While mortals sleep, the angels keep
Their watch of wondering love.

How silently, how silently,
The wondrous gift is given!
So God imparts to human hearts
The peace and joy of heaven.
No ear may hear his coming;
But in this world of sin,
Where meek souls will receive him, still
The dear Christ enters in.

Introduction to Candle-Lighting:

It’s time now to light our candles and take some time for candlelit stillness and silence. At this point I invite you to switch to gallery view, if you can, so that we can all see each other’s faces, and see the screen fill with the light each one of us brings to this community. I’ll just offer a few words as you light your candles and we’ll hold three minutes of silence.

Let us be still in the darkness of this sacred space,
And listen to the quietness around us and within us.
For even in the silence, there is the gentle being with others.

Let us feel the warmth of our community this night,
Knowing that, even as we are apart, we are not alone.
For in the quiet shadow is the glow of life within all.
Let us know in the darkness the gift each candle bears,
A small flame, perhaps – yet each holds the wondrous gift
to kindle another’s glow – to bear the light onward.

Let us be in awe at this moment as we each lift up the flame
And the light envelops this gathering we’ve co-created,
As hope for peace and goodwill shines all around.

Silence (3 min)

Carol: ‘Silent Night’ (Virtual choir)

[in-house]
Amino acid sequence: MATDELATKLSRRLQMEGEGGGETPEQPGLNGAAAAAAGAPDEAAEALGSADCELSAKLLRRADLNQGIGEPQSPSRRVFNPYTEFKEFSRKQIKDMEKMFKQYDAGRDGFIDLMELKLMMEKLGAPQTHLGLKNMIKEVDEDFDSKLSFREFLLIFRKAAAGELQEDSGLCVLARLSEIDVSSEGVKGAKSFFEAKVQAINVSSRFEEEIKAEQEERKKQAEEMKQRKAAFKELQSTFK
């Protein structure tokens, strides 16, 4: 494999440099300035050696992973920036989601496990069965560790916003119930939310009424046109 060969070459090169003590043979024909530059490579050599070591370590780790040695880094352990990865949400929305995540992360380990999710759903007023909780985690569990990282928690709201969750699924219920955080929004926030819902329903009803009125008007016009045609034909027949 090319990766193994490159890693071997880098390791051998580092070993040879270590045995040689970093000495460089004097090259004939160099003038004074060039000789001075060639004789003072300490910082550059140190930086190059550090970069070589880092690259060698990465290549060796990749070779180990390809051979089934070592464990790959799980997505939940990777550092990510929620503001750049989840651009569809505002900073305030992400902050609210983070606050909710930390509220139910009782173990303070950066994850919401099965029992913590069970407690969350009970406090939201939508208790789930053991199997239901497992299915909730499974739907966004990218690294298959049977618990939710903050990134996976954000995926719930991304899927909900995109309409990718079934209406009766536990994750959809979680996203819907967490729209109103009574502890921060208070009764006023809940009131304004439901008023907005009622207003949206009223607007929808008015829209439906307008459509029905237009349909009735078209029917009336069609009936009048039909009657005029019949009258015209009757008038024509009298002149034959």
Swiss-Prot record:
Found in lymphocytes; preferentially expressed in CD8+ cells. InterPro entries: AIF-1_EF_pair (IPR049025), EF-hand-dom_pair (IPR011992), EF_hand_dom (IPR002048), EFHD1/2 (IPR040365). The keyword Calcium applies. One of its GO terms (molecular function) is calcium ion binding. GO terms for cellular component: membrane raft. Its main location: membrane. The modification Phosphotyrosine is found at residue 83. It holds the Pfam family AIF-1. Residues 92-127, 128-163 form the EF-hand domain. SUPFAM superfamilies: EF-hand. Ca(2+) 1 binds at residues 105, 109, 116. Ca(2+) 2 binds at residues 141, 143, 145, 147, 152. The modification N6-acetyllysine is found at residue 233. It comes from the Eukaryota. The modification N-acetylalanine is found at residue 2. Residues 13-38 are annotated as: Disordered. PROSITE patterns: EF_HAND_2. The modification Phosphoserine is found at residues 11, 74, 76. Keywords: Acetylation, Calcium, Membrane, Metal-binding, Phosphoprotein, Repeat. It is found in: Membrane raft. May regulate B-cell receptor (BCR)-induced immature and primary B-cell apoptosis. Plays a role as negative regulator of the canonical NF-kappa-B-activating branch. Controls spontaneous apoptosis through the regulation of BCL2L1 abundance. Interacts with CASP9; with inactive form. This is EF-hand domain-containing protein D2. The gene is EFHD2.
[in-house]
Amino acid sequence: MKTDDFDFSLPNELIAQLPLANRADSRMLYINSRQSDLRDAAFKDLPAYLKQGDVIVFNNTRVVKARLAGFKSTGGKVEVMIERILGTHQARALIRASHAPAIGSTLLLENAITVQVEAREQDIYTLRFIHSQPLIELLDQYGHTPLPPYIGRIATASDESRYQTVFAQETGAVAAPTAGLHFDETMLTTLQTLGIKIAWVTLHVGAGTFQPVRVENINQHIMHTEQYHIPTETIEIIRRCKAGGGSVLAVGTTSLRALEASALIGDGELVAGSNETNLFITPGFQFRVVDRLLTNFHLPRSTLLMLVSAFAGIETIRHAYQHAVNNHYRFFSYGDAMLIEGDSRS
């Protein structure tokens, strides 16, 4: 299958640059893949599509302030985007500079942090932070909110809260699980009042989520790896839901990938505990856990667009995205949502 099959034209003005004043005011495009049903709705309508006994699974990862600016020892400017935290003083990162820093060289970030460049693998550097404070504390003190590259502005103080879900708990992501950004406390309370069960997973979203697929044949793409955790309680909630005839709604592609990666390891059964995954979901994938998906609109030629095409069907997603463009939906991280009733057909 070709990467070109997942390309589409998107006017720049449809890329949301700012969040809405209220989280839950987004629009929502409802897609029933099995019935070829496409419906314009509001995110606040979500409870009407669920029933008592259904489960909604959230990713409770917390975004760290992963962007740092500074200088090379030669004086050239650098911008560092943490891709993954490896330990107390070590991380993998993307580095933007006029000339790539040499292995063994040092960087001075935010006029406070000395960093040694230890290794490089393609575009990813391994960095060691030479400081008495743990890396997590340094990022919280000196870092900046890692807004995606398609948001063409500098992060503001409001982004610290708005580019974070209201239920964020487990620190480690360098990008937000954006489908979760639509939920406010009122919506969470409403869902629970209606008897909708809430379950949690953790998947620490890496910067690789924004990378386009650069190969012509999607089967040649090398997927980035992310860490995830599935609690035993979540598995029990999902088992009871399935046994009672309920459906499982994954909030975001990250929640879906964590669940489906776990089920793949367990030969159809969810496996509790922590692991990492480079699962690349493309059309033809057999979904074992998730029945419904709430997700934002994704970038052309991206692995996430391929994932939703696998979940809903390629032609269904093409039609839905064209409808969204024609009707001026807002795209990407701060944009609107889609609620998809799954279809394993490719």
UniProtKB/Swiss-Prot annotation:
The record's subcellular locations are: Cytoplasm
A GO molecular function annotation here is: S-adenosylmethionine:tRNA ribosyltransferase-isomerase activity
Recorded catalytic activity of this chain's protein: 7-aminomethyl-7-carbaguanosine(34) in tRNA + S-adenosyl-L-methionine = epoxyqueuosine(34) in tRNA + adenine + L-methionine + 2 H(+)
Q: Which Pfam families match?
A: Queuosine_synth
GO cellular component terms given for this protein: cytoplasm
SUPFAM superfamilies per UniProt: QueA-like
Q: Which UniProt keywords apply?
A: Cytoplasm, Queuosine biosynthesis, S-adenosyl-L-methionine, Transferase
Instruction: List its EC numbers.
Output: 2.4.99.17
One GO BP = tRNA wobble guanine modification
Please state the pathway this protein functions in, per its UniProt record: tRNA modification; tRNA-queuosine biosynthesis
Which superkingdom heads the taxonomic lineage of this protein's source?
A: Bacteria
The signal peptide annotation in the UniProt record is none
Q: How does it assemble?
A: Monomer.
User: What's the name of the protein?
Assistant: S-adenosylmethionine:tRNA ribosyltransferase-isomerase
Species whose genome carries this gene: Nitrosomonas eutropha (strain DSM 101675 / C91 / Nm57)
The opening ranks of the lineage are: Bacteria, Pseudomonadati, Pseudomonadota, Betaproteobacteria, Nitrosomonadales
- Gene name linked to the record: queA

Silent night, holy night,
All is calm, all is bright
Round yon virgin mother and child.
Holy infant so tender and mild,
Sleep in heavenly peace,
Sleep in heavenly peace.

Silent night, holy night,
Shepherds quake at the sight,
Glories stream from heaven afar,
Heavenly hosts sing “Alleluia”,
Sleep in heavenly peace,
Sleep in heavenly peace.

Silent night, holy night,
Child of God, love’s pure light,
Radiant beams from thy holy face,
With the dawn of redeeming grace,
Sleep in heavenly peace,
Sleep in heavenly peace.

Reading: ‘Christmas Eve Meditation’ by Anya Sammler-Michael (read by Jeannene)

Blessed and holy night, silent night,
full of truths too awesome to bend into words,
we sit in the glow of ages,
wound round stories that teach us
some of what it means to be human,
and some of what it means to see God.

The meditations of our hearts, and prayers of our souls,
speak our independent needs, loves and yearnings –
…may they collect, for a moment, in this our common experience,
as we direct them together, in a spirit of petition.

We seek the patience to peer long enough,
in the eyes of our brothers and sisters,
our cousins and niblings, all our relations,
that we too may see them as children,
of loving mothers and fathers,
children of divinity itself.

We seek the wisdom to pause long enough,
before making hasty judgments
that separate us from one another,
that separate us from our very souls.

We seek, the strength to hold the lives
that are placed in our own tender care,
not to protect them from every trial – no arms are that strong –
but to hold them in the light, as long as the light is available.

We seek the still small call to compassion,
that cannot be silenced by greed, fear, or anger,
the call that roots so deeply in our humanity,
that it will out, should we pause long enough to listen.

For all of these we give of ourselves, in prayer or meditation,
not to end with an amen, but so we might find the means
to make our yearnings manifest in our world, by the work of our hands,
and the proclamation of our hearts. May it be so. Amen.

Carol: ‘I Heard the Bells’ (Kensington Unitarians)

I heard the bells on Christmas Day
Their old familiar carols play,
And wild and sweet, The words repeat,